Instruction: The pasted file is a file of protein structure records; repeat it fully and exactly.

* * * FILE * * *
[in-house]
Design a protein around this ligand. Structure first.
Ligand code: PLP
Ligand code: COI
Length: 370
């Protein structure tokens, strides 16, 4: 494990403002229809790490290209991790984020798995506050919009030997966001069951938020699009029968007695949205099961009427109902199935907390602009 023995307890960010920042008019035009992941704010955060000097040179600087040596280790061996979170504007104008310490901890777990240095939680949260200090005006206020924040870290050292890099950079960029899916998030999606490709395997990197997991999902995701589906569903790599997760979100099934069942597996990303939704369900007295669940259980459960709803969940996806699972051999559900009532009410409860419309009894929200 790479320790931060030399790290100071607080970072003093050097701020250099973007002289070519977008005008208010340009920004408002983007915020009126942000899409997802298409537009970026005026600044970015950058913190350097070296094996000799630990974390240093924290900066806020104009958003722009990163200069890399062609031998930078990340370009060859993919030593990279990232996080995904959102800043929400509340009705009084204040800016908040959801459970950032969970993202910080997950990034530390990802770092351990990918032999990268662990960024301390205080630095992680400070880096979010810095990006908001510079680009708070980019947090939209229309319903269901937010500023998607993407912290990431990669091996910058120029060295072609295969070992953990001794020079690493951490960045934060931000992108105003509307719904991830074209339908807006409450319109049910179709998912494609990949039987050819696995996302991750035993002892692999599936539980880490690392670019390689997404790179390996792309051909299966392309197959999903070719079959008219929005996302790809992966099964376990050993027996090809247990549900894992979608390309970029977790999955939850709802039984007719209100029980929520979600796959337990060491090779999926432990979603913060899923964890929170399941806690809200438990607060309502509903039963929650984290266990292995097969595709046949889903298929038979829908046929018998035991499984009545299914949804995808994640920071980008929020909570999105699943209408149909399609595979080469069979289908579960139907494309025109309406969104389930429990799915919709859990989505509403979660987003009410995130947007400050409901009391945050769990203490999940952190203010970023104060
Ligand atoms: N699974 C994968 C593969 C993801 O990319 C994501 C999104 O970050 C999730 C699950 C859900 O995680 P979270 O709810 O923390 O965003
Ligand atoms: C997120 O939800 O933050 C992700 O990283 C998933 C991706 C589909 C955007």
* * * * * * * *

[in-house]
Design a protein around this ligand. Structure first.
Ligand code: PLP
Ligand code: COI
Length: 370
């Protein structure tokens, strides 16, 4: 494990403002229809790490290209991790984020798995506050919009030997966001069951938020699009029968007695949205099961009427109902199935907390602009 023995307890960010920042008019035009992941704010955060000097040179600087040596280790061996979170504007104008310490901890777990240095939680949260200090005006206020924040870290050292890099950079960029899916998030999606490709395997990197997991999902995701589906569903790599997760979100099934069942597996990303939704369900007295669940259980459960709803969940996806699972051999559900009532009410409860419309009894929200 790479320790931060030399790290100071607080970072003093050097701020250099973007002289070519977008005008208010340009920004408002983007915020009126942000899409997802298409537009970026005026600044970015950058913190350097070296094996000799630990974390240093924290900066806020104009958003722009990163200069890399062609031998930078990340370009060859993919030593990279990232996080995904959102800043929400509340009705009084204040800016908040959801459970950032969970993202910080997950990034530390990802770092351990990918032999990268662990960024301390205080630095992680400070880096979010810095990006908001510079680009708070980019947090939209229309319903269901937010500023998607993407912290990431990669091996910058120029060295072609295969070992953990001794020079690493951490960045934060931000992108105003509307719904991830074209339908807006409450319109049910179709998912494609990949039987050819696995996302991750035993002892692999599936539980880490690392670019390689997404790179390996792309051909299966392309197959999903070719079959008219929005996302790809992966099964376990050993027996090809247990549900894992979608390309970029977790999955939850709802039984007719209100029980929520979600796959337990060491090779999926432990979603913060899923964890929170399941806690809200438990607060309502509903039963929650984290266990292995097969595709046949889903298929038979829908046929018998035991499984009545299914949804995808994640920071980008929020909570999105699943209408149909399609595979080469069979289908579960139907494309025109309406969104389930429990799915919709859990989505509403979660987003009410995130947007400050409901009391945050769990203490999940952190203010970023104060
Ligand atoms: N699974 C994968 C593969 C993801 O990319 C994501 C999104 O970050 C999730 C699950 C859900 O995680 P979270 O709810 O923390 O965003
Ligand atoms: C997120 O939800 O933050 C992700 O990283 C998933 C991706 C589909 C955007």